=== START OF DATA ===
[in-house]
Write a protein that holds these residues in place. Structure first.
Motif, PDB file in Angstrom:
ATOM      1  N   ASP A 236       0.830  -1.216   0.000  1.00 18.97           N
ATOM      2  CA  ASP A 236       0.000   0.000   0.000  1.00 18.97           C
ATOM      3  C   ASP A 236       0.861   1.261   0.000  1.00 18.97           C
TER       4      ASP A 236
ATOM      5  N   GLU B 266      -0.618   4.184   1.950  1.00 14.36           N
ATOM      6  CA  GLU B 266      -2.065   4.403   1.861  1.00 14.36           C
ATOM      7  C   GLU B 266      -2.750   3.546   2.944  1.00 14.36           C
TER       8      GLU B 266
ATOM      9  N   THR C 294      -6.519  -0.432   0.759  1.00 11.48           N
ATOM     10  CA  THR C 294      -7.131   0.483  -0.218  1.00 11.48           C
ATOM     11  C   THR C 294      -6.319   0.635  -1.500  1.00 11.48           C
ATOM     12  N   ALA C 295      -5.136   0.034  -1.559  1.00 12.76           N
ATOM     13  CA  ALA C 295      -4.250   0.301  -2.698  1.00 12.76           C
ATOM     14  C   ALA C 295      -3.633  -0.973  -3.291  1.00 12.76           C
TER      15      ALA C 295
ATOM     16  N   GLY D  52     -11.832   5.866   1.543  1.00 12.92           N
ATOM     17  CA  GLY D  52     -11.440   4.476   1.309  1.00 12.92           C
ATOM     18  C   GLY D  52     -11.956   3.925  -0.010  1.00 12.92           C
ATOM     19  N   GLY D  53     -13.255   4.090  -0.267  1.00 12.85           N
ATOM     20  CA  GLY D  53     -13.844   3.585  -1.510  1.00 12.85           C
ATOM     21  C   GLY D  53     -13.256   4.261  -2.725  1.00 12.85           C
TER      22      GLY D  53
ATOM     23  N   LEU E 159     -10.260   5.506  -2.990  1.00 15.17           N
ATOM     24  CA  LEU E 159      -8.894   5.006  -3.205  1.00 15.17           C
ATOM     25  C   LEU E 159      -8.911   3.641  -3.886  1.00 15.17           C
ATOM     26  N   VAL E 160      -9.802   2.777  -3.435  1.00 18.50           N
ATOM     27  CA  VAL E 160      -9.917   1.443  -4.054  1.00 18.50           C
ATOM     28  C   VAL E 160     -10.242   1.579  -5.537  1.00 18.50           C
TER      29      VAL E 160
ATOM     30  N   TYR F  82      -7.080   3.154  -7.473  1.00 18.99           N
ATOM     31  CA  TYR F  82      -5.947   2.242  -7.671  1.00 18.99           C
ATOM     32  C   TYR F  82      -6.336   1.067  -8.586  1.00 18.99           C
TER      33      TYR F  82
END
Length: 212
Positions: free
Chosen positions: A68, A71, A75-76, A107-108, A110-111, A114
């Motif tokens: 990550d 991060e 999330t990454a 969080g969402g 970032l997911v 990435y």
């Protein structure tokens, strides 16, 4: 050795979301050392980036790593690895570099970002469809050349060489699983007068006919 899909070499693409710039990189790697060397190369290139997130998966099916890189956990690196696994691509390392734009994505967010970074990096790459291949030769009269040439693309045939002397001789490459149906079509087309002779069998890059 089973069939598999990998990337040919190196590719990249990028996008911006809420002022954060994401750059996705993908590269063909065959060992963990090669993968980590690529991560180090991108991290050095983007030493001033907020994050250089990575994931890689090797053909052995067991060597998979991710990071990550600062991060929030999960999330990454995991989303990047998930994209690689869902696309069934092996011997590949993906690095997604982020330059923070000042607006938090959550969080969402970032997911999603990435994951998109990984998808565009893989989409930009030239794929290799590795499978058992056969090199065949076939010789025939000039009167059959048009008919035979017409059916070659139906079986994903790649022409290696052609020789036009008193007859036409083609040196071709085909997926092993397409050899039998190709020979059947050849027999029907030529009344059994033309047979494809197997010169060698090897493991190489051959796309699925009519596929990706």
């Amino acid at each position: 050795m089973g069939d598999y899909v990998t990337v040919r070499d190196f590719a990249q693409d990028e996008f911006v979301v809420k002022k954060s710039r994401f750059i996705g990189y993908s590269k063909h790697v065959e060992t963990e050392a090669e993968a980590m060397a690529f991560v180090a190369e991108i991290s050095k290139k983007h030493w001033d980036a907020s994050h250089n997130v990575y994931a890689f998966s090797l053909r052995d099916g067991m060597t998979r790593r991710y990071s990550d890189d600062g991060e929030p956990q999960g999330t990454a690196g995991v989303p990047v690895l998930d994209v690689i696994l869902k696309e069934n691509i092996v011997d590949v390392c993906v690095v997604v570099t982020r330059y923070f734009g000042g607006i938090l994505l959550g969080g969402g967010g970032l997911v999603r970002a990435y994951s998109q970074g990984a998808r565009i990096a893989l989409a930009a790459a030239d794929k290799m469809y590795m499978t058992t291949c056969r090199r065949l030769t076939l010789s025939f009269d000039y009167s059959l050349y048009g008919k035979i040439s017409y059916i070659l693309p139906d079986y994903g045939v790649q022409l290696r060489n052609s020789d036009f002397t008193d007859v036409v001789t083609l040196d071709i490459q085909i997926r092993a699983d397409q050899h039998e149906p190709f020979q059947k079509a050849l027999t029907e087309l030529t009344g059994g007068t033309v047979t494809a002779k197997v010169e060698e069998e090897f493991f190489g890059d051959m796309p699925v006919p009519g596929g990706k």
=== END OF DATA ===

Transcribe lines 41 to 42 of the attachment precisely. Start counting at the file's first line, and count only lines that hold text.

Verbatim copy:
């Motif tokens: 990550d 991060e 999330t990454a 969080g969402g 970032l997911v 990435y």
């Protein structure tokens, strides 16, 4: 050795979301050392980036790593690895570099970002469809050349060489699983007068006919 899909070499693409710039990189790697060397190369290139997130998966099916890189956990690196696994691509390392734009994505967010970074990096790459291949030769009269040439693309045939002397001789490459149906079509087309002779069998890059 089973069939598999990998990337040919190196590719990249990028996008911006809420002022954060994401750059996705993908590269063909065959060992963990090669993968980590690529991560180090991108991290050095983007030493001033907020994050250089990575994931890689090797053909052995067991060597998979991710990071990550600062991060929030999960999330990454995991989303990047998930994209690689869902696309069934092996011997590949993906690095997604982020330059923070000042607006938090959550969080969402970032997911999603990435994951998109990984998808565009893989989409930009030239794929290799590795499978058992056969090199065949076939010789025939000039009167059959048009008919035979017409059916070659139906079986994903790649022409290696052609020789036009008193007859036409083609040196071709085909997926092993397409050899039998190709020979059947050849027999029907030529009344059994033309047979494809197997010169060698090897493991190489051959796309699925009519596929990706």